Changing the way we think about Sydney’s nightlife is the first step to fixing it, says the City of Sydney’s new co-chair of the recently appointed Nightlife and Creative Sector Advisory Panel. Last night at their first council meeting, Sydney Fringe CEO and festival director Kerri Glasscock was elected as co-chair alongside councillor Jess Scully. The panel’s 15 members have identified their top priorities for supporting sustainable development of Sydney’s nightlife. The first, says Glasscock, is changing the narrative.
“We’ve identified a few key areas that we’re going to focus on straight away,” says the Venue 505 founder speaking to Time Out this morning. “The first one for us is about changing the narrative as much as we can. I think we’ve been caught up a lot in a very negative spin on what’s going on in our city – and it’s valid, and it’s true – we are feeling the effects of a hard five-to-ten years, but there’s so much more to that.
“For us, it’s about identifying the positive activity that is still taking place and encouraging people to get back out on the streets. What’s most important at the moment is that we don’t lose any more spaces and venues and that we encourage audiences to go out and see the great work of our local artists – despite the headlines.”
Glasscock and cllr Scully head-up a panel of key spokespeople from a variety of sectors that operate within the broader scope of the night-time economy. In addition to changing the way we think about nightlife in the city, they’ve noted four more priorities to focus on: reducing regulation, promoting collaboration between state and local government, delivering flexible buildings to enable more creativity, and to advocate for 24-hour public transport.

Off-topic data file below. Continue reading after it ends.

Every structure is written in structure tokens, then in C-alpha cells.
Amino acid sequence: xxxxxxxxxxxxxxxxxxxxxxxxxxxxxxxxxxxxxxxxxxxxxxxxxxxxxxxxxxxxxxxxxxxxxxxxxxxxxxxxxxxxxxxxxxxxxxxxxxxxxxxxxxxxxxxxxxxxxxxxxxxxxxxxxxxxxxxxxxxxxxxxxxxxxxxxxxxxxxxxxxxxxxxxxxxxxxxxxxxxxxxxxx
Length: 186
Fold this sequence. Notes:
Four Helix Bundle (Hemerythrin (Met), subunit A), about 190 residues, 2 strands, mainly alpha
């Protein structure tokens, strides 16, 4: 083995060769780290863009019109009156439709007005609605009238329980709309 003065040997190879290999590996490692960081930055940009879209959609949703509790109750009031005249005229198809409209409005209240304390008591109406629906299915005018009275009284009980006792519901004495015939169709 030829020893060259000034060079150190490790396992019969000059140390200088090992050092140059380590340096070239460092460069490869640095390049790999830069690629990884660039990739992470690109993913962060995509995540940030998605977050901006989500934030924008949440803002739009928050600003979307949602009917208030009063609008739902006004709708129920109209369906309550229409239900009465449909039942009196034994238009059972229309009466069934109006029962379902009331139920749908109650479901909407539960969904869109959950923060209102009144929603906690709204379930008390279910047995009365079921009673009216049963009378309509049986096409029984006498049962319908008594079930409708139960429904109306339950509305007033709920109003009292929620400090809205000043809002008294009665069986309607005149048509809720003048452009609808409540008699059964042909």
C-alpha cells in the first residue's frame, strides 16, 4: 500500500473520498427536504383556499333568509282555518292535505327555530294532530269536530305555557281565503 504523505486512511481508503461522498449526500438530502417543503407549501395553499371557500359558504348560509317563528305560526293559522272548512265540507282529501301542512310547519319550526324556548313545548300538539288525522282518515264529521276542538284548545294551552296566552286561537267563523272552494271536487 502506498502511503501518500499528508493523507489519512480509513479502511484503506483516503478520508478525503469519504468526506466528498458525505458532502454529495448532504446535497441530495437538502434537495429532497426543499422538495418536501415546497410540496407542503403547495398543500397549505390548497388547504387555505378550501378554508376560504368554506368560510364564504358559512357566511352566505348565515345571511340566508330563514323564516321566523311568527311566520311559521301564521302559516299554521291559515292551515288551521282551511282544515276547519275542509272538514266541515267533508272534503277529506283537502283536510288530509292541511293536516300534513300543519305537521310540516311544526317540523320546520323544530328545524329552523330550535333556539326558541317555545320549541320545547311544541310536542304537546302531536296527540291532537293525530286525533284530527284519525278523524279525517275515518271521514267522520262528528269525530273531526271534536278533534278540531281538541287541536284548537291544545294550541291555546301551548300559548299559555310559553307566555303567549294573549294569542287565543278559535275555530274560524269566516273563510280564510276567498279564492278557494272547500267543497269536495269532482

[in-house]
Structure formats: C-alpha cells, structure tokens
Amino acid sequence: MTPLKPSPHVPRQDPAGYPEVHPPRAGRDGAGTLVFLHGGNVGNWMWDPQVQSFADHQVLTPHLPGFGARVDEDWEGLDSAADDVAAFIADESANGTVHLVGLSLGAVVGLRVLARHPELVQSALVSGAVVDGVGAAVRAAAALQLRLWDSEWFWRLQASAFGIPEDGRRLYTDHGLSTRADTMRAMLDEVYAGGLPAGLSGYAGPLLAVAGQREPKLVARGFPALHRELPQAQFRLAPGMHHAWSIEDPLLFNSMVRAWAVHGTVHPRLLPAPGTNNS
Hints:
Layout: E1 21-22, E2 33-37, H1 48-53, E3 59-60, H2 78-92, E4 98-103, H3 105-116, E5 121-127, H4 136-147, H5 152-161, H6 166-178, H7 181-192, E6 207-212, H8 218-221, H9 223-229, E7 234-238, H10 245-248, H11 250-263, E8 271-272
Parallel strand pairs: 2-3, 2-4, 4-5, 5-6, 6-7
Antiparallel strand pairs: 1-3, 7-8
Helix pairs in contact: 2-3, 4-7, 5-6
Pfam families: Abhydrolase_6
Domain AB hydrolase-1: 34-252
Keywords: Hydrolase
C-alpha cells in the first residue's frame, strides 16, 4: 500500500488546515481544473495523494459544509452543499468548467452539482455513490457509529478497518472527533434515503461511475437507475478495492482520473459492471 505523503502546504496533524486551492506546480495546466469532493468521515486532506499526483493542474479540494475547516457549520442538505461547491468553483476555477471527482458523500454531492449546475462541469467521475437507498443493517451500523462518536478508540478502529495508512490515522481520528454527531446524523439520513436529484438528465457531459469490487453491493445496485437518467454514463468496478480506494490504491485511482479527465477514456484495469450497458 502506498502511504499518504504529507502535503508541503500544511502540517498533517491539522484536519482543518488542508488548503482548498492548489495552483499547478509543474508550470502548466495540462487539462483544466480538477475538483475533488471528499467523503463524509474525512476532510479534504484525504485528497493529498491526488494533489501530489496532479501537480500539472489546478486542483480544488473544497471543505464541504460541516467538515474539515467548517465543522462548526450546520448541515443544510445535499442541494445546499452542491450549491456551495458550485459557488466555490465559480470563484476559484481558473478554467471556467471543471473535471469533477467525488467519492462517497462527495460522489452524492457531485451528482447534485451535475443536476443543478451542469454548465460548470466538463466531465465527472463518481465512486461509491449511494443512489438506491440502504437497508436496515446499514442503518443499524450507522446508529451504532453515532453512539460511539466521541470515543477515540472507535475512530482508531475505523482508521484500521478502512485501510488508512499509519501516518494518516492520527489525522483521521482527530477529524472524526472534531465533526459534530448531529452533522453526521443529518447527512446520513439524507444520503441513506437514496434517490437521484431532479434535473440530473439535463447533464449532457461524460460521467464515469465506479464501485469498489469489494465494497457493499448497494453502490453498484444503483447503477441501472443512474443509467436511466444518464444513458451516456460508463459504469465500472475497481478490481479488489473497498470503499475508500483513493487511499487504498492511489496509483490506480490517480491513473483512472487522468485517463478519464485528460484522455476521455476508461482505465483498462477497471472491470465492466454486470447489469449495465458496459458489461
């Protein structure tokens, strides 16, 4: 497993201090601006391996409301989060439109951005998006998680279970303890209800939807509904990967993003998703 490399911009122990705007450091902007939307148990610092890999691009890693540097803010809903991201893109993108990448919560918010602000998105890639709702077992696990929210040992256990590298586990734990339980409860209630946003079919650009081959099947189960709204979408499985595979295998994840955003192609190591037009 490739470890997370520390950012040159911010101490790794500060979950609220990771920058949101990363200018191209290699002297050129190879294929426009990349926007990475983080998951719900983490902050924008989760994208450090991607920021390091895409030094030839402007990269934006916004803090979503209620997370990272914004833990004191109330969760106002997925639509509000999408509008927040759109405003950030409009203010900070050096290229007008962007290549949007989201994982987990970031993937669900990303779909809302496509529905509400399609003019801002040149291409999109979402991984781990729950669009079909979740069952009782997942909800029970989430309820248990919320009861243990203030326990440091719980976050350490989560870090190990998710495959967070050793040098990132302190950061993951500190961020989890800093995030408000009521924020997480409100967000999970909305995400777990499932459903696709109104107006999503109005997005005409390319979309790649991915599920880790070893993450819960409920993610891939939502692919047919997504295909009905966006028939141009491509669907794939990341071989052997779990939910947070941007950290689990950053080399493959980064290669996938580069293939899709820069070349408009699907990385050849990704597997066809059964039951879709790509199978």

“There’s a huge ecosystem that goes along with evening economy,” says Glasscock. At the moment we’re looking to feed into the planning teams on the DCP review and the An Open and Creative City papers – and those are very, very dense papers. We are an over-regulated sector. The City of Sydney can only go so far in amending what they need to in order to help the sector to thrive – some of it needs to have to come from state government, so encouraging collaboration between local and state is a big focus for us.
“We know we’re at crisis point and we know that our sector and nighttime is suffering, but we need to channel our energy in a positive way; to go out, to see shows, to see spaces, to eat in great restaurants, you know, to have a drink and get your friends off the couch and away from Netflix because really we need a critical mass of people out and about in the city.”
The panel’s input into An Open and Creative City paper and the Development Control Plan (DCP) was discussed along with feedback from more than 10,000 people in the community. The proposed reforms include later trading hours for shops and encouraging more small-scale cultural activity at night.
“What is really important about this opportunity, which we don’t usually get as a sector, is that we’re sitting in a room with the people who actually write policy. Hopefully the time is now to make some serious changes so we can have a booming, healthy nighttime in this city.”
Speaking of getting out and enjoying your city, here are 9 cheap hacks for seeing art and culture in Sydney this winter.